Representation cards are vehicles TAG uses to gauge the level of support we have in organizing studios. As we stated [previously], once we receive a majority of cards based on the amount of artists in the unit, we'll approach [the company] to negotiate a contract on your behalf without an NLRB election. However, [the company] is the deciding factor in that decision. If they don't recognize the Animation Guild as your bargaining agent, we'll approach the NLRB to be named the agent by earning a majority of your secret ballots.
Have we stated, "the Company is going union, so sign now and get on board?" Or that you have any obligation to sign a representation card? Nope. It's our hope and intention to provide the strength of a collectively bargained contract, but giving us the right to represent [the company's] employees is up to you. (That's the law) Any contract would be based on our current contract, but it could be different. That would depend on the negotiation process, as well as input from you.
[The company] is fighting against your right to make decisions about your working conditions. In our contract, we stipulate overtime hours, which days are holidays, wage minimums and more. Why would that be something they wouldn't want you to have input on?
- Our contract has a No-Strike / No Lockout clause that says while the contract is in place, a strike can not take place
- The union cannot order a strike, only you can. If *YOU* want to strike, *YOU* have to vote on and approve it.
- If we reach agreement with [the company] on a contract, you will pay no initiation fees, only dues ($28-36/month.) If we don't reach a contract, you will pay neither initiation fees or dues. Simple.
While the letter states that one of the benefits of employment at [the company] is the ability to have one-on-one conversations with management, we feel the strength of the collective voice to be much more effective.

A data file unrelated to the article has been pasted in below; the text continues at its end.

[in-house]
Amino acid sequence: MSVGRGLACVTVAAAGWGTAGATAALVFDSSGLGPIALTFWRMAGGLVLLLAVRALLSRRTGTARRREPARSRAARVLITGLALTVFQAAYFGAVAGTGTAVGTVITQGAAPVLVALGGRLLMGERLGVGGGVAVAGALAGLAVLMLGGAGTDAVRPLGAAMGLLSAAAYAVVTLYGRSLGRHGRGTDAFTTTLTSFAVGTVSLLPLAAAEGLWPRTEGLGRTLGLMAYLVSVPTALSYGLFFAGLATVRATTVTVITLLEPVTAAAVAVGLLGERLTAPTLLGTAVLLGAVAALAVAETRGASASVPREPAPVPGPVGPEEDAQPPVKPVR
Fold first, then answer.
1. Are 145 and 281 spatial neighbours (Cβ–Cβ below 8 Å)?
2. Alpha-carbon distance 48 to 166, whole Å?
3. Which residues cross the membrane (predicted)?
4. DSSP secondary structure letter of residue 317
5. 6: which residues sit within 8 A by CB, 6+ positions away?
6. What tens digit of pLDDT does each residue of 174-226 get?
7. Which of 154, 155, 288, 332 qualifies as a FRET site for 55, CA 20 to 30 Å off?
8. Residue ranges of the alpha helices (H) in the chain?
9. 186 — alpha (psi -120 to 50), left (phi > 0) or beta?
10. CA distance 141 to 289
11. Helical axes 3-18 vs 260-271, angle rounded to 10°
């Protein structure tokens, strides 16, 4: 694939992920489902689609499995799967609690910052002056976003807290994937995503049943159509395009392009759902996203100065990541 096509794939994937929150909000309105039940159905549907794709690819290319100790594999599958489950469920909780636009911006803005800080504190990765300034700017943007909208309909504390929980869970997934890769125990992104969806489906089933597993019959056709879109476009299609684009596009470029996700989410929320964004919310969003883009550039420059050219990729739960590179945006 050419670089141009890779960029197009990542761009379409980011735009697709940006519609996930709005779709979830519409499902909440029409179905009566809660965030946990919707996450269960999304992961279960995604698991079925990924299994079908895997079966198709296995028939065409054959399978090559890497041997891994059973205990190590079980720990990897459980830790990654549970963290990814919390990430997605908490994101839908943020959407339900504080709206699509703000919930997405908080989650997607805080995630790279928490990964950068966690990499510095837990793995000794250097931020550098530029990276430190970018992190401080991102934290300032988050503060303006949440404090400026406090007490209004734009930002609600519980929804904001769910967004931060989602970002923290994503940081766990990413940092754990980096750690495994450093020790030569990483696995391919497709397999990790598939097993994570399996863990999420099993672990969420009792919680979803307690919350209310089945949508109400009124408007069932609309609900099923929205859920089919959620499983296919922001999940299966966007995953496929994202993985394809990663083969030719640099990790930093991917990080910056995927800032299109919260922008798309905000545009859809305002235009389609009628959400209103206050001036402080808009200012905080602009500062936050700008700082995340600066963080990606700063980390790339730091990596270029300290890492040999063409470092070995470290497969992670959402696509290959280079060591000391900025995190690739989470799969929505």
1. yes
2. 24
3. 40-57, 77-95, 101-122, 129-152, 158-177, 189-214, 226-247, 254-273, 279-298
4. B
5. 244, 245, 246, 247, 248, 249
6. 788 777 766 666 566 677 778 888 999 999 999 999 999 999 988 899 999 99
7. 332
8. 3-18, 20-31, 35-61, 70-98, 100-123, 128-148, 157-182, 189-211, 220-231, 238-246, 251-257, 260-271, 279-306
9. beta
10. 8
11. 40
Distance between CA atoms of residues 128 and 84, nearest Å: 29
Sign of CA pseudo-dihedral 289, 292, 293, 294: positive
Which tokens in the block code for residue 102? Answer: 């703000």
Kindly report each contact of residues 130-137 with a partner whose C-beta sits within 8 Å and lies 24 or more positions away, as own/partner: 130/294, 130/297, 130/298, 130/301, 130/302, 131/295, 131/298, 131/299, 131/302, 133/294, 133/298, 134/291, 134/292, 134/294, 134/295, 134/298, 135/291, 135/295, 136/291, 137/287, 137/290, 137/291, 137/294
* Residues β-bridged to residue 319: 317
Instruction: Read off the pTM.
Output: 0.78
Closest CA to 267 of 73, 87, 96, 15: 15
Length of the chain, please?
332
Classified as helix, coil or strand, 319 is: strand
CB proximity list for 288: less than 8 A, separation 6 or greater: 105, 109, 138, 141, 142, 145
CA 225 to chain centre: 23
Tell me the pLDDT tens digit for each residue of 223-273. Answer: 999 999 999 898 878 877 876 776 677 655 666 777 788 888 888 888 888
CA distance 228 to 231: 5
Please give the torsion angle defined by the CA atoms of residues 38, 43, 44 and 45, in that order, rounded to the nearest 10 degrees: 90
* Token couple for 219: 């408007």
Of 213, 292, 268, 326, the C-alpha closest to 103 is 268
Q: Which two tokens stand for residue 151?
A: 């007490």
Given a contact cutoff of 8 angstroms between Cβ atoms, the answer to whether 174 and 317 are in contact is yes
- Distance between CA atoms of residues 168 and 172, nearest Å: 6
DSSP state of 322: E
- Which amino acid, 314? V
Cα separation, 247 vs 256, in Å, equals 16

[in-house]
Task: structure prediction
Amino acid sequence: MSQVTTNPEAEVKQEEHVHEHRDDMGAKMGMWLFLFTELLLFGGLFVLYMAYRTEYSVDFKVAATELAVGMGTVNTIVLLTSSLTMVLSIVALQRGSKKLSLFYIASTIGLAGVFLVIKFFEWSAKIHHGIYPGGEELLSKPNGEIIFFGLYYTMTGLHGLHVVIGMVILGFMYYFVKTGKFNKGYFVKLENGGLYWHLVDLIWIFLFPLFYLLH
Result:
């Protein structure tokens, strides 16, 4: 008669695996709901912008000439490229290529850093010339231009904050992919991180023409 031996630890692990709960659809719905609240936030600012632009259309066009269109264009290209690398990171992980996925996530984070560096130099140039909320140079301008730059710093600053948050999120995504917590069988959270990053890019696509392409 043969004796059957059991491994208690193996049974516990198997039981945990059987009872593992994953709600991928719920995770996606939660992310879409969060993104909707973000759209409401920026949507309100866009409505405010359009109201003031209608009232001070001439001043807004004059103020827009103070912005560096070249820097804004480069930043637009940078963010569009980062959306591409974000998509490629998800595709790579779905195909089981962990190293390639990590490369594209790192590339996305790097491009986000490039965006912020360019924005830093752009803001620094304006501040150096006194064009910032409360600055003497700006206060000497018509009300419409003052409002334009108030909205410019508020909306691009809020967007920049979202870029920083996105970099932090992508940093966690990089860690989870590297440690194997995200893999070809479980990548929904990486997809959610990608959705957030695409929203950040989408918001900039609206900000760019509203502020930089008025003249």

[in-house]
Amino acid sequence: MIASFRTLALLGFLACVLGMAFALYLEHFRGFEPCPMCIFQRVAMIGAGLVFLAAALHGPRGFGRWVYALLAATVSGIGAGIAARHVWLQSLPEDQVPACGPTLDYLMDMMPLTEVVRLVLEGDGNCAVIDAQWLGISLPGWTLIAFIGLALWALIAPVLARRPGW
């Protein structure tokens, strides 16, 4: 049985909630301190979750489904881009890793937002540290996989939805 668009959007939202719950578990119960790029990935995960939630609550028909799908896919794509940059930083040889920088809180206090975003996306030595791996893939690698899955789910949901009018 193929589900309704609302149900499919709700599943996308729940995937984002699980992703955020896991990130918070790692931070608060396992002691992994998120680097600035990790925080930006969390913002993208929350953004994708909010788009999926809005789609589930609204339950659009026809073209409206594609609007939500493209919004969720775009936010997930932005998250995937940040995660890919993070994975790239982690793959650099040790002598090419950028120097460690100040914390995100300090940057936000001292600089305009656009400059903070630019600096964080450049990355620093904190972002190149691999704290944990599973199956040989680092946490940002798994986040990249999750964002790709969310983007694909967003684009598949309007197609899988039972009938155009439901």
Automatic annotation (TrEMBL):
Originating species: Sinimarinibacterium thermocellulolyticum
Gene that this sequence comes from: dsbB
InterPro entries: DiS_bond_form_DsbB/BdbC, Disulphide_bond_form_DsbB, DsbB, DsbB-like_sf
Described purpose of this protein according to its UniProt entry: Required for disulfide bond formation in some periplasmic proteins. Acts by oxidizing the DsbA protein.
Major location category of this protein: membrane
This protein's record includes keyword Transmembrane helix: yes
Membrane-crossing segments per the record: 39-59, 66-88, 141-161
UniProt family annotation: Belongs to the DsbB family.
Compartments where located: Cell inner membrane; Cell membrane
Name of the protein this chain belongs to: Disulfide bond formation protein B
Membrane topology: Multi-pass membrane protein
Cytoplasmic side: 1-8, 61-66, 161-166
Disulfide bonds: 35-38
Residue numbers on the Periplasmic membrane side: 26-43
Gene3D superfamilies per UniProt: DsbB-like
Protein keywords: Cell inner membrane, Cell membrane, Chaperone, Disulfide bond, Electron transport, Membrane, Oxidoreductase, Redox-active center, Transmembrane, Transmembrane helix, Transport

While we expect animation and effects studios to push back against organization efforts, fear mongering of this nature needs to be made public. Its important for everyone to understand the lengths that some companies will go to when attempting to protect the imbalance of power they hold in the workplace.
Nobody should get the idea that management's response up there at the top is unusual.
They know they can't say: "Sign one of those g.d. cards and you're fired!" so they don't. They know they can't say: ""You vote to go union and we'll close the place down!", and they're careful not to.
But they are certainly free to imply, to elliptically threaten, to wring their hands and whine: "We just don't know HOW we'll be able to keep the doors open with all the extra UNION costs!"
The name of the game is to get employees to vote NO in a National Labor Relations Board election. Employers can't directly threaten to shut the workplace down, since that's prohibited under Federal law. But employers are certainly at liberty to use the various other tricks, one of which is on view up above.
In the unending struggle to bring non-union facilities under contract, it's all about which entity has the momentum, hearts and minds, and ultimately the juice.
-- Steve Hulett